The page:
Rare Dornier Do 17 Recovered from English Channel

Preservation work of WWII bomber under way.

Dornier Do 17 Lifted

Dornier Do 17 Lifted

** Dornier Do 17 being lifted out the Channel.
(Photo courtesy of the RAF Museum)**

After weeks of weather delays, RAF Museum recovery workers this week were able to raise the wreckage of a German Dornier Do 17 that crashed into the English Channel more than seven decades ago.

The rare airplane, which was shot down during the Battle of Britain, was discovered in 2008 by divers at a depth of 50 feet below the Channel’s surface. Despite spending more than 70 years submerged in the body of water, the World War II bomber has remained surprisingly intact.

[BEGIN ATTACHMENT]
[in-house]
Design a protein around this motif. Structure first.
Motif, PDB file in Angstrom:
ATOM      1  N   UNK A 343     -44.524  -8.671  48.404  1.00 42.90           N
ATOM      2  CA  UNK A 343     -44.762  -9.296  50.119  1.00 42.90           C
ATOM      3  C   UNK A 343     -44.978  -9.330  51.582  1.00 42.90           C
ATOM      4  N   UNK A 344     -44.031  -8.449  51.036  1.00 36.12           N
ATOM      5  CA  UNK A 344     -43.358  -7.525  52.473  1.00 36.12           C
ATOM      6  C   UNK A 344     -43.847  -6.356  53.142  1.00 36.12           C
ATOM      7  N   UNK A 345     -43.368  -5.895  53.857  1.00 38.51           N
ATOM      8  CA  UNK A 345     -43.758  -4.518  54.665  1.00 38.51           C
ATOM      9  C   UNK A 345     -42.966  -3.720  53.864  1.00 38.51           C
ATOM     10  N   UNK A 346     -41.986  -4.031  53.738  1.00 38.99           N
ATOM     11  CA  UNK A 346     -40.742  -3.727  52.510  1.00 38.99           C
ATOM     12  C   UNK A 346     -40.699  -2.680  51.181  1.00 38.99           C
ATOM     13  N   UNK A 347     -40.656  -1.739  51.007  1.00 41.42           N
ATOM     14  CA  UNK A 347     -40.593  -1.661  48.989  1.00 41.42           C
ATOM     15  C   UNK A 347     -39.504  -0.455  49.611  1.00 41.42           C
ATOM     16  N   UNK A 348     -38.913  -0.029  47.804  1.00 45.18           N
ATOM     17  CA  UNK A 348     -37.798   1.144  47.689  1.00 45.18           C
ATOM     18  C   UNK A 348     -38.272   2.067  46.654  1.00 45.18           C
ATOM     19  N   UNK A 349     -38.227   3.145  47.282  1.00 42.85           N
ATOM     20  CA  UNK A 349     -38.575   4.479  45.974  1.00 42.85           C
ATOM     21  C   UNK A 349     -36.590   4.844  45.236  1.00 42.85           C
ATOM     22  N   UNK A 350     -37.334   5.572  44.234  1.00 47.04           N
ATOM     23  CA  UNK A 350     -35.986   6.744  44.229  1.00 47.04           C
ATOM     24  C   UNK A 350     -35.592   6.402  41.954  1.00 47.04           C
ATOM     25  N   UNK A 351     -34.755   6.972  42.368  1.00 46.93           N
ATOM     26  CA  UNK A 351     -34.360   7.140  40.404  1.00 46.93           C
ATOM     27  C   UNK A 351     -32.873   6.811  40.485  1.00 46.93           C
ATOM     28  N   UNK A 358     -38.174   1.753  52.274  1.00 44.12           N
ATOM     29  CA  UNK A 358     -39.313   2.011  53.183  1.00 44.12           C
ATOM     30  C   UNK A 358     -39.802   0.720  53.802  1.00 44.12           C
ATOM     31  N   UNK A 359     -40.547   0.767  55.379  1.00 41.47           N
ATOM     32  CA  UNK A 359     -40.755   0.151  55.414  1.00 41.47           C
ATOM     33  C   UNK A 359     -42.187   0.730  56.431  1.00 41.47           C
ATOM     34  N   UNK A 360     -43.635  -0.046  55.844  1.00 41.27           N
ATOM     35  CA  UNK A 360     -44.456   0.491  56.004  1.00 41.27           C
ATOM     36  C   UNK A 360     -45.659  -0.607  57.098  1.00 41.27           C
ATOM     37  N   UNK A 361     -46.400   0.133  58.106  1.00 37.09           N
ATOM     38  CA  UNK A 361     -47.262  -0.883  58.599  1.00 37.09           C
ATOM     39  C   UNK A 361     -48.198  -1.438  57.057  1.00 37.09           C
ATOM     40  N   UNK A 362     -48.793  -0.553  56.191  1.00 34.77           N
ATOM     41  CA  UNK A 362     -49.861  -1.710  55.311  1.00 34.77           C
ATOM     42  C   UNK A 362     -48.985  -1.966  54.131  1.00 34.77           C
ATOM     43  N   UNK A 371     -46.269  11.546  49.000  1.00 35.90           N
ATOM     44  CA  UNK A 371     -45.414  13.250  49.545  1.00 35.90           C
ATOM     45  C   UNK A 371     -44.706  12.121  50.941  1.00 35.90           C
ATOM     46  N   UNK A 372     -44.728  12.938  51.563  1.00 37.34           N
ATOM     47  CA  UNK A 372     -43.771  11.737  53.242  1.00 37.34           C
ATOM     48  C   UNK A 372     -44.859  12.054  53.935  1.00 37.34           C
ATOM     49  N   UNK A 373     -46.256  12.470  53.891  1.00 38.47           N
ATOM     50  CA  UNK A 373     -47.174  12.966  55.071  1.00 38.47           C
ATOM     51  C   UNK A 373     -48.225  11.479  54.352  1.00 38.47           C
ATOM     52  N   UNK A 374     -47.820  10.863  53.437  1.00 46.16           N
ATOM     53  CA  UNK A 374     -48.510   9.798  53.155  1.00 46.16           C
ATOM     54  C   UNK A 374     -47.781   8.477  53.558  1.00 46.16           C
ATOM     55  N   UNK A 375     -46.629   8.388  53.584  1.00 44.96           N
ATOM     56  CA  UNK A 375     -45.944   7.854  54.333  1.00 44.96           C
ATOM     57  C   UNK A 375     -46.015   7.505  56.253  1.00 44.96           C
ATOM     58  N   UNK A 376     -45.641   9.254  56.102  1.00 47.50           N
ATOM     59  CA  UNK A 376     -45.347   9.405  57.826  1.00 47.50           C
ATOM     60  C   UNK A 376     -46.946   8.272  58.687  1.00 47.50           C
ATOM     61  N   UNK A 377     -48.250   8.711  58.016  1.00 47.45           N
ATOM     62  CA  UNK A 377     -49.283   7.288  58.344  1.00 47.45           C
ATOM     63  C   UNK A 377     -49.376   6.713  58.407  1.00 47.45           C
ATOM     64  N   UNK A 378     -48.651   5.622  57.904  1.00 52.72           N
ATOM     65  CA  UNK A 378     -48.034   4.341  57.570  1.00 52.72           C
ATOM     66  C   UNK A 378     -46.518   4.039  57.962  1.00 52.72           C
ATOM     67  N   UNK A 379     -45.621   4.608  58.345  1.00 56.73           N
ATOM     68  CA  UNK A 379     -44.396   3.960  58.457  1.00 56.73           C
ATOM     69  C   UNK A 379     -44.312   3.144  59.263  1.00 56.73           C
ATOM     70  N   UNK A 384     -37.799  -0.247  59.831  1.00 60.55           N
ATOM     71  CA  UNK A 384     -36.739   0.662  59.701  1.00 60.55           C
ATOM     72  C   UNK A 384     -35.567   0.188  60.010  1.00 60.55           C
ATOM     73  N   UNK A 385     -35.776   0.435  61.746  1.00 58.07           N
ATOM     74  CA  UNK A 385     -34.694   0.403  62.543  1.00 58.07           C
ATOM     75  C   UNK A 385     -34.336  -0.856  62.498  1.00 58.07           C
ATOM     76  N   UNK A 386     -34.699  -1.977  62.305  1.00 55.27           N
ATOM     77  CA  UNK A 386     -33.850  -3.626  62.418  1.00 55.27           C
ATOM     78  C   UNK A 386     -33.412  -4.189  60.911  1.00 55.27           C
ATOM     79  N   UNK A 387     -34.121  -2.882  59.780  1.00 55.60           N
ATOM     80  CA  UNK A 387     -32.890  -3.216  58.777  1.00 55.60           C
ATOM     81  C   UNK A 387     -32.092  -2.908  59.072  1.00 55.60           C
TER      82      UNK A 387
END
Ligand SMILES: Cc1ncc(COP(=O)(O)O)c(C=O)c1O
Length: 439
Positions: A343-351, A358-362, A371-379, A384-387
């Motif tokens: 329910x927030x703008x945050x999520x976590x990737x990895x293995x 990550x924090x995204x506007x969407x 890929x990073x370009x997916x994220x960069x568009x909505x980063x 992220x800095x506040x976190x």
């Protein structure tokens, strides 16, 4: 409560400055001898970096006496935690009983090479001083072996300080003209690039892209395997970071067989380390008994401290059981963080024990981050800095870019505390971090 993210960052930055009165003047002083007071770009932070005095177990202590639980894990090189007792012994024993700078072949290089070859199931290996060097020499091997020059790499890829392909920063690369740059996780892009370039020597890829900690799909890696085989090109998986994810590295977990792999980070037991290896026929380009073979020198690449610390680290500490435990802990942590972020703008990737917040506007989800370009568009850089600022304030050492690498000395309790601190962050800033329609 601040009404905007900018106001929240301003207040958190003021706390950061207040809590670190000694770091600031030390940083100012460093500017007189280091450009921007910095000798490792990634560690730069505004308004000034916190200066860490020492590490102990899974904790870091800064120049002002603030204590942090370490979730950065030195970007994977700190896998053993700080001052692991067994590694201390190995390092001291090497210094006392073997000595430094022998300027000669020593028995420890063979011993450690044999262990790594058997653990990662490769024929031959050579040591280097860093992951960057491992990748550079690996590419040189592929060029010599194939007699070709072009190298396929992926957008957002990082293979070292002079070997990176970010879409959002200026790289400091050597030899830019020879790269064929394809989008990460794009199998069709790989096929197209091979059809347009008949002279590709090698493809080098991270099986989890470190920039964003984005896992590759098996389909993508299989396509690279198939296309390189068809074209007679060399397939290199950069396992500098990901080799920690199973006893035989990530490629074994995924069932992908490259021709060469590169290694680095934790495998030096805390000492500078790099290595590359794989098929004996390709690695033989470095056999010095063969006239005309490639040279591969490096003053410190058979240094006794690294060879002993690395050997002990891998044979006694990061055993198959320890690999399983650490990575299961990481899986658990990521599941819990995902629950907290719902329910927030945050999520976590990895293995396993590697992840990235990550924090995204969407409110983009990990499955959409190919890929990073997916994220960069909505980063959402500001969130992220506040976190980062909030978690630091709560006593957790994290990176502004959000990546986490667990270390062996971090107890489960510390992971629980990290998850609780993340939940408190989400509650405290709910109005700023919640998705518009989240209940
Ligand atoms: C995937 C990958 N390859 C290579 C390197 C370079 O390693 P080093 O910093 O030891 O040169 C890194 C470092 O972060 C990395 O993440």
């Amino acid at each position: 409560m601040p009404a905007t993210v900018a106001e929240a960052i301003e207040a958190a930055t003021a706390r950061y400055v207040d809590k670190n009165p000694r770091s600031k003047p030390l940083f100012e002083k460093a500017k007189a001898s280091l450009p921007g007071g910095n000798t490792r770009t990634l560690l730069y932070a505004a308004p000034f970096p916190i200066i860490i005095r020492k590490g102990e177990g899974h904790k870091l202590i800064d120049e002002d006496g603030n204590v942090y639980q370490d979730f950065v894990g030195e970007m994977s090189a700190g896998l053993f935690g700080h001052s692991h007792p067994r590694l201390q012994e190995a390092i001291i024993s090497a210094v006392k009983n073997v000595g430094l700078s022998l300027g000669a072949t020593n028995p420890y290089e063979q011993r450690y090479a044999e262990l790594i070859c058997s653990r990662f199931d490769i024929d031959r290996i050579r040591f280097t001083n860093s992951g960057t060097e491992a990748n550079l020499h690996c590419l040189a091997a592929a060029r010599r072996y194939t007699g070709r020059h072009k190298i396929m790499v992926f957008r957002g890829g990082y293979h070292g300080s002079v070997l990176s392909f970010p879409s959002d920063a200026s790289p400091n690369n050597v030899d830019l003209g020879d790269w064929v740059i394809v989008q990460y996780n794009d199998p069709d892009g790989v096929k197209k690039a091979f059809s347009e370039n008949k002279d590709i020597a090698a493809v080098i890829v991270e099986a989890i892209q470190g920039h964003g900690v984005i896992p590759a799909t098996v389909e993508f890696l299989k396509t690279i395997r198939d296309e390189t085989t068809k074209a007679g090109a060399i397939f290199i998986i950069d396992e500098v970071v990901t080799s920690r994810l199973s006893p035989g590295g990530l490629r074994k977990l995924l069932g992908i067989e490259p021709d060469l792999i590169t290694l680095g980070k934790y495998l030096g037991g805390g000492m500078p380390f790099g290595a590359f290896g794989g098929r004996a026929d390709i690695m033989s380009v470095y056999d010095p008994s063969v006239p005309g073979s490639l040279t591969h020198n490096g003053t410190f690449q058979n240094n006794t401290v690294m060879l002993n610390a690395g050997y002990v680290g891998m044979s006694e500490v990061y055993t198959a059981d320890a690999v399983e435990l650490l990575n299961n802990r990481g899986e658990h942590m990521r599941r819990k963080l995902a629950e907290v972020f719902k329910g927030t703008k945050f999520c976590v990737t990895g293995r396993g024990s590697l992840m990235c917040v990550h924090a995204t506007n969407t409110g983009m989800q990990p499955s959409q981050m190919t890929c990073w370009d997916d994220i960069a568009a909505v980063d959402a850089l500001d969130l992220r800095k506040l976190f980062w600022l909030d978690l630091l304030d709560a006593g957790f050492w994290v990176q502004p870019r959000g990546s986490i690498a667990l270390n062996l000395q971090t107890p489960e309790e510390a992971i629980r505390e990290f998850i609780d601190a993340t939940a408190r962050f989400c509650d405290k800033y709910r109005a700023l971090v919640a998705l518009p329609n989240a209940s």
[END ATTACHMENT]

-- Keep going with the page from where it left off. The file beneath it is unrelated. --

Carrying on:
Experts say it could take up to five years to restore the airplane well enough before it is able to be displayed at the RAF Museum in London. The airplane was transported to an RAF conservation facility in Cosford earlier this week, and will be continually covered in a citric acid based solution and kept inside hydration tunnels for some time in order to halt any further deterioration.

The recovered airplane is believed to be the only complete Dornier Do 17 in the world. Known as the “flying pencil” due to its thin shape, the Do 17 was used as a light bomber on the front lines of World War II.